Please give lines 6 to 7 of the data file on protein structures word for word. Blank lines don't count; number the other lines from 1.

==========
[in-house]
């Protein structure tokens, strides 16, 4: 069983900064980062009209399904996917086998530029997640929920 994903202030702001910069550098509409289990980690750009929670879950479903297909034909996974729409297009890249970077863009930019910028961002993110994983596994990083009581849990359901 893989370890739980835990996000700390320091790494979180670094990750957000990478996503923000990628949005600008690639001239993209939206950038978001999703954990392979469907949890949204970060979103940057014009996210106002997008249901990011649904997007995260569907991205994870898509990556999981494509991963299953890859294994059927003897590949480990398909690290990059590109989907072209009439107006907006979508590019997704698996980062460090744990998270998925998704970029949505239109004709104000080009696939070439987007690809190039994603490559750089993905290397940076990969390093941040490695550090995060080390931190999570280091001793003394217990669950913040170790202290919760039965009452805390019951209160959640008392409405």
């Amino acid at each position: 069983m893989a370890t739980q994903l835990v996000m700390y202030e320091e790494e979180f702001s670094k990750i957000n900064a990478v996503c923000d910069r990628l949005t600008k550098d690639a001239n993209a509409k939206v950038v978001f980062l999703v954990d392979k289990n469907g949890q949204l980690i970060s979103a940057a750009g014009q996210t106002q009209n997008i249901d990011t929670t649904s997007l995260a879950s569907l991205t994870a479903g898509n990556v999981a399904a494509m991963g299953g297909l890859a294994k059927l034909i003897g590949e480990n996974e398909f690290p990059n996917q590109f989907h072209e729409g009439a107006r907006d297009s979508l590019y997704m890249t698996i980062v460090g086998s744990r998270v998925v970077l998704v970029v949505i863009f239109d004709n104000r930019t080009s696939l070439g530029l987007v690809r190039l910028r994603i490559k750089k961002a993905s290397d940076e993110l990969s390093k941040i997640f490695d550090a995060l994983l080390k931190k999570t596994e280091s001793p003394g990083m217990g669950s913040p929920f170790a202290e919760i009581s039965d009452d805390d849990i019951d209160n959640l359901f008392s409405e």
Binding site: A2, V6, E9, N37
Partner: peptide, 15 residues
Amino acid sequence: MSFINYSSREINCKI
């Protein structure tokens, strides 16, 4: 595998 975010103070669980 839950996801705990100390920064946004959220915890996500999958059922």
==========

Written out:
Amino acid sequence: MSFINYSSREINCKI
């Protein structure tokens, strides 16, 4: 595998 975010103070669980 839950996801705990100390920064946004959220915890996500999958059922």